Justice

The Powerful Reason Amandla Stenberg's Next Role Will Make An Impact

March 28th 2016

By:
Lucy Tiven

Last week, actress and activist Amandla Stenberg was cast in an important film — one of the first explicitly inspired by the Black Lives Matter movement — according to the Hollywood Reporter. Stenberg, who has spoken out about police brutality and Black Lives Matter, as well as issues like intersectional feminism and cultural appropriation on social media, will play Starr, a teenager whose unarmed best friend is shot to death by a police officer in the upcoming film "The Hate U Give."

Taking it's title from Tupac, "The Hate U Give" is an adaptation of a forthcoming young adult novel by Angela Thomas. Thomas was inspired by Black Lives Matter and the tragic story of Oscar Grant, an unarmed 22-year-old Black man who was shot to death by Oakland, California police in 2009, Variety reports. The film's central character, Starr, grew up in an impoverished neighborhood before attending a prep school in the suburbs. The film chronicles her struggle to reconcile the police brutality she has witnessed with the sheltered realm of privilege she now inhabits.

Thomas tweeted enthusiastically about Stenberg's casting, as well as the selection of director George Tilman Jr., who worked on "Notorious" and "The Longest Ride."

Seventeen-year-old Stenberg, who also has directing aspirations, will be attending New York University film school in the fall of 2016.

"I feel like there’s a lack of representation for different kinds of people, and so I want to provide that. Especially focusing on stories that feature and star women of colour [sic] — that’s very important to me,” she told Dazed.

She's also said she was inspired by Spike Lee’s "Do the Right Thing" and hopes to study under Lee at NYU.

“[It was] such a society, culture changing movie," the "Hunger Games" star explained to Dazed. "It focussed [sic] on police brutality and, you know, created stories for people who are not always the most represented."

Stenberg's role was announced after Fox 2000 won a bidding war for the film last week, according to the Hollywood Reporter.

Stenberg's advocacy.

In August 2015, Stenberg's vlog on cultural appropriation, "Don't Cash Crop On My Cornrows," went viral.

She described that, while white rap stars made a huge imprint on the hip hop scene, they failed to acknowledge both the police brutality afflicting the Black community and the Black Lives Matter movement responding to the violence.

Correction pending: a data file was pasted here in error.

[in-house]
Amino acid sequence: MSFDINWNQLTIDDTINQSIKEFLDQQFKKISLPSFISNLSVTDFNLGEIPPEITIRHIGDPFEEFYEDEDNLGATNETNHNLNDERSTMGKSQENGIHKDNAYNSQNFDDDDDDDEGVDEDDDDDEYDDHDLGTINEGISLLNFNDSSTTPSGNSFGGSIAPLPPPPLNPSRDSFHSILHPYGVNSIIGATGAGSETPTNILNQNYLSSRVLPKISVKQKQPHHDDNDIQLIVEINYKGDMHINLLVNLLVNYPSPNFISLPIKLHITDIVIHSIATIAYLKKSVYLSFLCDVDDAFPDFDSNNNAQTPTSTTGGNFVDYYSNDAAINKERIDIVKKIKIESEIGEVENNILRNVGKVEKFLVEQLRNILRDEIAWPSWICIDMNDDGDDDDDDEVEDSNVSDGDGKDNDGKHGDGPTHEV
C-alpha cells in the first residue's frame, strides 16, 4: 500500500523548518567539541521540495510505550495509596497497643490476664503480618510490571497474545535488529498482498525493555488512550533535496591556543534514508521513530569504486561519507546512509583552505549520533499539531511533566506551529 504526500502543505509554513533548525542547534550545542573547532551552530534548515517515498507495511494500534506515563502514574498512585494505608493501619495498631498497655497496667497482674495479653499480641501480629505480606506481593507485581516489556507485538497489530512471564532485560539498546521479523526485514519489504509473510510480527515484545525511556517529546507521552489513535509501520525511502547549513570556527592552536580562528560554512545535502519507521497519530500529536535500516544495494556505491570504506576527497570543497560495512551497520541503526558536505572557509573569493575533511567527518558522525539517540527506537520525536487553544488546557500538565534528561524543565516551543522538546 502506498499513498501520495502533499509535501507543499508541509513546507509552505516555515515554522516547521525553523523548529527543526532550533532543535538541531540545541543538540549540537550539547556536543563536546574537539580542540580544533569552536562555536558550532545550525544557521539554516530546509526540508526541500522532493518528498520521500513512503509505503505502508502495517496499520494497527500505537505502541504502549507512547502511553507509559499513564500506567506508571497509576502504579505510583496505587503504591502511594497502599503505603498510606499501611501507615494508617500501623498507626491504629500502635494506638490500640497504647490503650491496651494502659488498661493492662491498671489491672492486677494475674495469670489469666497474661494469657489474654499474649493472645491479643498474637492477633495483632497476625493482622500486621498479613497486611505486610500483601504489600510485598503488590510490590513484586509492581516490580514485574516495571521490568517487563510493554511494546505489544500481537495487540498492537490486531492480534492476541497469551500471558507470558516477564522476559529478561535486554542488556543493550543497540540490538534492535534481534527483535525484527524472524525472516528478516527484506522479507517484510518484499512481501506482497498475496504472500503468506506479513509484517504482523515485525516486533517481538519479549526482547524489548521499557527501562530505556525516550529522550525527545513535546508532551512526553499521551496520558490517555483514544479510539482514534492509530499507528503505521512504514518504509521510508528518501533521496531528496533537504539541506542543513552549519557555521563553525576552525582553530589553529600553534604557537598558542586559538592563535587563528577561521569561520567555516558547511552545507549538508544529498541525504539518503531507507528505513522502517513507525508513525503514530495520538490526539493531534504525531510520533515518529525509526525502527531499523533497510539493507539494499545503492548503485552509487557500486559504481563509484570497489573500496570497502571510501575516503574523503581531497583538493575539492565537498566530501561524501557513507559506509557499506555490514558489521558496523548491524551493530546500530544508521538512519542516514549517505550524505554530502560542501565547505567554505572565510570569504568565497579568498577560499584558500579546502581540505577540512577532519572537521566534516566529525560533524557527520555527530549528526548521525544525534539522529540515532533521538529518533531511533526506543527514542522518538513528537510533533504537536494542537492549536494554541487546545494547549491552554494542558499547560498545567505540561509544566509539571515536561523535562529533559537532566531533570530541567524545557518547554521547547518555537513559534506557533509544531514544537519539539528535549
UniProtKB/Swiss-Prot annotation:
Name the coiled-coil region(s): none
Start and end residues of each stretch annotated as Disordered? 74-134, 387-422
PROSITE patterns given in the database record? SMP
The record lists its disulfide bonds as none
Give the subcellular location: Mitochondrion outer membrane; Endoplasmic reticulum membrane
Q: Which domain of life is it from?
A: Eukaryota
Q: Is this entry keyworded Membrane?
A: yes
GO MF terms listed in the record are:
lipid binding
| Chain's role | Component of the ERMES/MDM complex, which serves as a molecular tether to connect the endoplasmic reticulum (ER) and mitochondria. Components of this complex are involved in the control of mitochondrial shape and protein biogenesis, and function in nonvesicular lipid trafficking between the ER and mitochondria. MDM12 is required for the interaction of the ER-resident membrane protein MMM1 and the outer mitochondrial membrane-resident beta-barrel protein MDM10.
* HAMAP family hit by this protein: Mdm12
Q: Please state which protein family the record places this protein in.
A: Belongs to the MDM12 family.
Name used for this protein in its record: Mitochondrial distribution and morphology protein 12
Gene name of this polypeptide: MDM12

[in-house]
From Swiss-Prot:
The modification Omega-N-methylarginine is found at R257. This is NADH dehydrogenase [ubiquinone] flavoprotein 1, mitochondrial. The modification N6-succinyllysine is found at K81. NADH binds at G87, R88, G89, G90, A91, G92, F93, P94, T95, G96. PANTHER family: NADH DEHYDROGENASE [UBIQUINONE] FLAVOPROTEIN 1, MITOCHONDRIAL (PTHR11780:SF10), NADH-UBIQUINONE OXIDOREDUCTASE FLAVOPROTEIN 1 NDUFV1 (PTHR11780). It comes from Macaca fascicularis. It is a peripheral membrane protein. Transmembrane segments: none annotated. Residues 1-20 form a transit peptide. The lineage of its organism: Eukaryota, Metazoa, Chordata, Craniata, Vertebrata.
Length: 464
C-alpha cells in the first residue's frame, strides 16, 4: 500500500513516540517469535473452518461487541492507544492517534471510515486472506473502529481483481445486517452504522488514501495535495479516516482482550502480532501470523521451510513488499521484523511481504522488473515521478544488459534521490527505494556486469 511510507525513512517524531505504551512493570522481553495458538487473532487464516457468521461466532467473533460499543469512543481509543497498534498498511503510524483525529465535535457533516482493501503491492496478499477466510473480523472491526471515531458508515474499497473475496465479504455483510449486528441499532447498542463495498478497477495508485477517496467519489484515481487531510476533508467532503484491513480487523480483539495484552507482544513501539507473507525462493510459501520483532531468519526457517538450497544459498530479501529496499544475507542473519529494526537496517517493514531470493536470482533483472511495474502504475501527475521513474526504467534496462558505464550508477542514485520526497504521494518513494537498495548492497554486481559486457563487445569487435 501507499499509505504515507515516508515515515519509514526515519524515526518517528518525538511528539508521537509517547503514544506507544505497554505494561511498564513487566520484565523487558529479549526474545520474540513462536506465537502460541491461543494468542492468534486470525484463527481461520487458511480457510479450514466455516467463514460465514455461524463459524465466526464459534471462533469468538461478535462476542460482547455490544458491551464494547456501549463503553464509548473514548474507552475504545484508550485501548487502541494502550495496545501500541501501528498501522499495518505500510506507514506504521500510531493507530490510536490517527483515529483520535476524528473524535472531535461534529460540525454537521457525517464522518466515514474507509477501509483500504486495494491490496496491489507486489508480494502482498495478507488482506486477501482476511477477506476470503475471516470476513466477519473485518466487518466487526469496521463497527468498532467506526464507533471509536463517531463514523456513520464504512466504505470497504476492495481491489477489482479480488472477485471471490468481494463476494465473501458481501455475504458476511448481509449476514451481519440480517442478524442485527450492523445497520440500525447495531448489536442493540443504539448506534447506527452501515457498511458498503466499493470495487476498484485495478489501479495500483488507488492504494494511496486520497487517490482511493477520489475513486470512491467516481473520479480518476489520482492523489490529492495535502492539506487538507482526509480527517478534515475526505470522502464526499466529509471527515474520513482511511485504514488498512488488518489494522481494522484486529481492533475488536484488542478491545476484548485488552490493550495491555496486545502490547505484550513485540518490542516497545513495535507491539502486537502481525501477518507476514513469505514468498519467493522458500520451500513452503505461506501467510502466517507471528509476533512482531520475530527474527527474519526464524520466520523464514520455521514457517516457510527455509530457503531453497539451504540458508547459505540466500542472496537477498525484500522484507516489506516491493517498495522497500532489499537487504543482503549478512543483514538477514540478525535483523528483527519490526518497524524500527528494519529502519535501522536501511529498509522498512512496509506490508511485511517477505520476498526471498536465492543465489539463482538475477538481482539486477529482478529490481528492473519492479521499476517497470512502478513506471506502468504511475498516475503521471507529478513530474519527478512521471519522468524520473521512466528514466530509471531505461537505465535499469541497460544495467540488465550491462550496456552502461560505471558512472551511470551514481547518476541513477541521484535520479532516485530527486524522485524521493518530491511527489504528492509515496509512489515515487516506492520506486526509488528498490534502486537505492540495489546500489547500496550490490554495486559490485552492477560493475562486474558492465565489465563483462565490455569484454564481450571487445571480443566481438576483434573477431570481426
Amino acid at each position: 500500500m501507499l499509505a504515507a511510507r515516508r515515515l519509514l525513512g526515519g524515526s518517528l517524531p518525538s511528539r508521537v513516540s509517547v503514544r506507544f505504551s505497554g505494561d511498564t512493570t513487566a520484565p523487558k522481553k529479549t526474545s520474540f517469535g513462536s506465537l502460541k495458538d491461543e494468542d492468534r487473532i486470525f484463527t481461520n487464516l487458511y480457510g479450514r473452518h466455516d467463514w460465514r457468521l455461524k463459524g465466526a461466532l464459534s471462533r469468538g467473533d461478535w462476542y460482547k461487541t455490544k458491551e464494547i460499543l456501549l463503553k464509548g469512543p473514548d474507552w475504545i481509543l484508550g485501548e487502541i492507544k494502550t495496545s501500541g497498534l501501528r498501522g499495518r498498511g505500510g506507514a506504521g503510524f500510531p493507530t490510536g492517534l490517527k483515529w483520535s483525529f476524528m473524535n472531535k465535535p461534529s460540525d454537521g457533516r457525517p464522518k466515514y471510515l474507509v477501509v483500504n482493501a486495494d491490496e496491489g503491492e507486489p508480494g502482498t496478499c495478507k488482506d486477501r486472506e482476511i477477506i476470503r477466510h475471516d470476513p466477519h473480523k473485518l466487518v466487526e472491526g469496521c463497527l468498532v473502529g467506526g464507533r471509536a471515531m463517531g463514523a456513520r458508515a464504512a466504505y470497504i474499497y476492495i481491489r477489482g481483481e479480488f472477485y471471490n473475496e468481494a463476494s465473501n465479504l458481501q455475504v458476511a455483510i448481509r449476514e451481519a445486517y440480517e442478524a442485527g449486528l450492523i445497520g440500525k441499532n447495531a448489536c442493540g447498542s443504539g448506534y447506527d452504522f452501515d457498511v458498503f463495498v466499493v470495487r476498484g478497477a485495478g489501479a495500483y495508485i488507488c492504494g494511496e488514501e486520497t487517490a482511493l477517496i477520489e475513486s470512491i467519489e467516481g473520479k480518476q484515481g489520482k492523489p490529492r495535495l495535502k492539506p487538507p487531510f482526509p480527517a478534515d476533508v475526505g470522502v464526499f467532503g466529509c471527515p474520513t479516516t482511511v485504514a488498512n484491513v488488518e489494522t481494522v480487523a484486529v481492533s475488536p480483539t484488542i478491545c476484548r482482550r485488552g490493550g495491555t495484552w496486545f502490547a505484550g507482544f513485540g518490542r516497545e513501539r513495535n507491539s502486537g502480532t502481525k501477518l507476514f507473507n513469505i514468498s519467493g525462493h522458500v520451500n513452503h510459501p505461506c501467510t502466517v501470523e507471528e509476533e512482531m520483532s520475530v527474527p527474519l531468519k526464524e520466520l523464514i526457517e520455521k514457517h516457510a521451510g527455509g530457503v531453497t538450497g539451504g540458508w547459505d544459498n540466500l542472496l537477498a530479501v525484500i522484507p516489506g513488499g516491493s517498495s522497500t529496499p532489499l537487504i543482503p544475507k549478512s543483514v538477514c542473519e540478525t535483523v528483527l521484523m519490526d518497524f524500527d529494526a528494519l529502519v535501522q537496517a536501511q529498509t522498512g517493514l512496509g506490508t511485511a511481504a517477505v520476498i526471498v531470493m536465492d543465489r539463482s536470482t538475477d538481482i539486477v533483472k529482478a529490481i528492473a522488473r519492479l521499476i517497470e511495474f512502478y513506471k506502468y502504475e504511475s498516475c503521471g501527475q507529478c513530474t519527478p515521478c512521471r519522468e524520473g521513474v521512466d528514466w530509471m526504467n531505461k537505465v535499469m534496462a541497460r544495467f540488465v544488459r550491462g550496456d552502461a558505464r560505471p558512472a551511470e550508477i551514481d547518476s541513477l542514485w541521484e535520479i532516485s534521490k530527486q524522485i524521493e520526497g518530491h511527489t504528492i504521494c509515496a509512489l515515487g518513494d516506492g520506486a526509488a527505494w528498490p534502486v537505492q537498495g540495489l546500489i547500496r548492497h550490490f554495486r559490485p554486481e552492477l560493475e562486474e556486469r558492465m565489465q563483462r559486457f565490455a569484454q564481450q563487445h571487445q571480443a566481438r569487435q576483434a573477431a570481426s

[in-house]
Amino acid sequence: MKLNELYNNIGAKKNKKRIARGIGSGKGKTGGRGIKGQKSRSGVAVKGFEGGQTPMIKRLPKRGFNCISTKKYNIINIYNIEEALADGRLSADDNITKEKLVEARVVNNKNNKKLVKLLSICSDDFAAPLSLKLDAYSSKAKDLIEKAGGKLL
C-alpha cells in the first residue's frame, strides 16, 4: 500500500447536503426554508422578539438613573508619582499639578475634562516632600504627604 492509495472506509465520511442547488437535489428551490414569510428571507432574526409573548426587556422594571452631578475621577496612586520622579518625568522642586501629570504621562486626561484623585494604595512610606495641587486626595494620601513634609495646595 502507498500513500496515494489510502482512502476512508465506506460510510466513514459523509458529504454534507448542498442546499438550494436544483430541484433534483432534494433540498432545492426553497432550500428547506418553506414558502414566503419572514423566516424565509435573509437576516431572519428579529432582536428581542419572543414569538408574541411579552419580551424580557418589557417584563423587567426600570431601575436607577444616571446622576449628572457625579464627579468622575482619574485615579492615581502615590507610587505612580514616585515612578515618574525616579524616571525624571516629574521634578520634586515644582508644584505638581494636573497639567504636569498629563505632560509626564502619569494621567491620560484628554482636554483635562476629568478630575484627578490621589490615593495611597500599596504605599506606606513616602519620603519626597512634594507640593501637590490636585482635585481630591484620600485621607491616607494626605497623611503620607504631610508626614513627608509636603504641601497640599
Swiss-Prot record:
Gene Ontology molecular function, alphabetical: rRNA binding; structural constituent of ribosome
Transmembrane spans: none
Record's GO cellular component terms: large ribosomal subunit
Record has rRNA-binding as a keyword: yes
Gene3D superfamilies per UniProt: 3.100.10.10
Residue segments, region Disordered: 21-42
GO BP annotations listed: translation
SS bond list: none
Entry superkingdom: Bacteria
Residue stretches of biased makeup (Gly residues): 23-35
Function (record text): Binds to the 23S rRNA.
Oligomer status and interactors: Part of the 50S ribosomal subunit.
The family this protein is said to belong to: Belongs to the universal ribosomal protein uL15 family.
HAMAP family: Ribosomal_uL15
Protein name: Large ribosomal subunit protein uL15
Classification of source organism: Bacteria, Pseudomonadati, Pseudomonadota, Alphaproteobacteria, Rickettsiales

"But at the same time, police brutality against Black people came to the forefront, in an incredible movement ignited by the murders of Trayvon Martin, Michael Brown, Tamir Rice, Eric Garner and many others, people began to protest institutionalized racism by marching and by using social media," Stenberg pointed out.

As ATTN: has previously reported, other artists have brought issues facing the Black community in the pop cultural mainstream. Kendrick Lamar gave a politically charged performance about mass incarceration at this year's Grammy awards.

Beyonce also honored Black history and culture with her Super Bowl performance of "Formation."

But as Stenberg pointed out, many white celebrities who capitalize on Black music and culture have been hesitant to speak up. "As Azealia Banks observed in her tweets, white musicians who partook in hip hop culture and adopted 'Blackness,' Iggy Azalea in particular, failed to speak on the racism that comes along with Black identity," Stenberg said.

She explained that the history of Black culture's imprint on the mainstream is tied to struggle, which can make white artists adapting these traditions problematic.

"Hip hop stems from a Black struggle, it stems from jazz and blues — styles of music, which African-Americans created to retain humanity in the face of adversity, which itself stems from songs song used during slavery and to communicate and survive," she explained.

She closed her video, asking, "So I’ve been seeing this question a lot on social media and I think it’s really relevant, what would America be like if we loved Black people as much as we love Black culture?"

As ATTN: has previously reported, Stenberg also bravely came out as bisexual on snapchat earlier this year, and sent an inspiring message to other bisexual Black girls on Twitter.

[H/T Dazed]